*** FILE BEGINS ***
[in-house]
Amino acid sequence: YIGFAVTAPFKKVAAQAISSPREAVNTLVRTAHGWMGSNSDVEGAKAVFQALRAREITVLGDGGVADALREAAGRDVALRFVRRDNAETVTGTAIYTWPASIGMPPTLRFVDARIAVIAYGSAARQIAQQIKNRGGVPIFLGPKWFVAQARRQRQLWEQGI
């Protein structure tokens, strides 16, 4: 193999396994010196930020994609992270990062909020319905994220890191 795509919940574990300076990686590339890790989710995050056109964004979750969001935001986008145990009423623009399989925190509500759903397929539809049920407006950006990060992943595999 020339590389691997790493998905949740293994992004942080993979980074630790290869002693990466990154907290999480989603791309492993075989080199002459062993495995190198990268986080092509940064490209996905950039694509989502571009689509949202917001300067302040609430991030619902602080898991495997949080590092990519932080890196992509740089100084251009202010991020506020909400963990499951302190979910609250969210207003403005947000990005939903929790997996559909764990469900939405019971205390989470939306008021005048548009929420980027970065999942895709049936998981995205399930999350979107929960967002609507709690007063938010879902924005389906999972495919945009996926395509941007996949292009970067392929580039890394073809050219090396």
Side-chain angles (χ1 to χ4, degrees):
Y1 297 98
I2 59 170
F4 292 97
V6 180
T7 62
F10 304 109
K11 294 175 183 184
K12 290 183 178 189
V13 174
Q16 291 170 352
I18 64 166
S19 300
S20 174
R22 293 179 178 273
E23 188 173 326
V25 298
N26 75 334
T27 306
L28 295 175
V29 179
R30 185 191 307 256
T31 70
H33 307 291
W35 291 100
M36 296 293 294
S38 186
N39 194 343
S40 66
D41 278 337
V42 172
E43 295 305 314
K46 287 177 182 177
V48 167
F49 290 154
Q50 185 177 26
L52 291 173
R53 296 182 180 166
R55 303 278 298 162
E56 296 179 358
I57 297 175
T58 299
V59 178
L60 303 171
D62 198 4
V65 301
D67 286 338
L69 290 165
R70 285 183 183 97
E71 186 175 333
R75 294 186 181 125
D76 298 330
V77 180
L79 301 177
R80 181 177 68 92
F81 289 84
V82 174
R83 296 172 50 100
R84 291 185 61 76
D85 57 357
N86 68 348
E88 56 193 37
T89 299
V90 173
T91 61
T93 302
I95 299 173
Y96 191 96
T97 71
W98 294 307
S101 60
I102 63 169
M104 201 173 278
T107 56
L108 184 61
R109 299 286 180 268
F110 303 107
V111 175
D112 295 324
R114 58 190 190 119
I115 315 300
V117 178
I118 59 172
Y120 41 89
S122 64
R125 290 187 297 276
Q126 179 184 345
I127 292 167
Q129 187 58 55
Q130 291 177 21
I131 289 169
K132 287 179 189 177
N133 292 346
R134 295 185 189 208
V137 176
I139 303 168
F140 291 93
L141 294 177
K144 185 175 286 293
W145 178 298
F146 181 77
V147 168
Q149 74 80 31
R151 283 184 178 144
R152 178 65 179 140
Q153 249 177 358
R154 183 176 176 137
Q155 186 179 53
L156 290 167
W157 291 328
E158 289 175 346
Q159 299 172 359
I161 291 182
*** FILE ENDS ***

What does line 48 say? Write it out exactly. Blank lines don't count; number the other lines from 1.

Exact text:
D62 198 4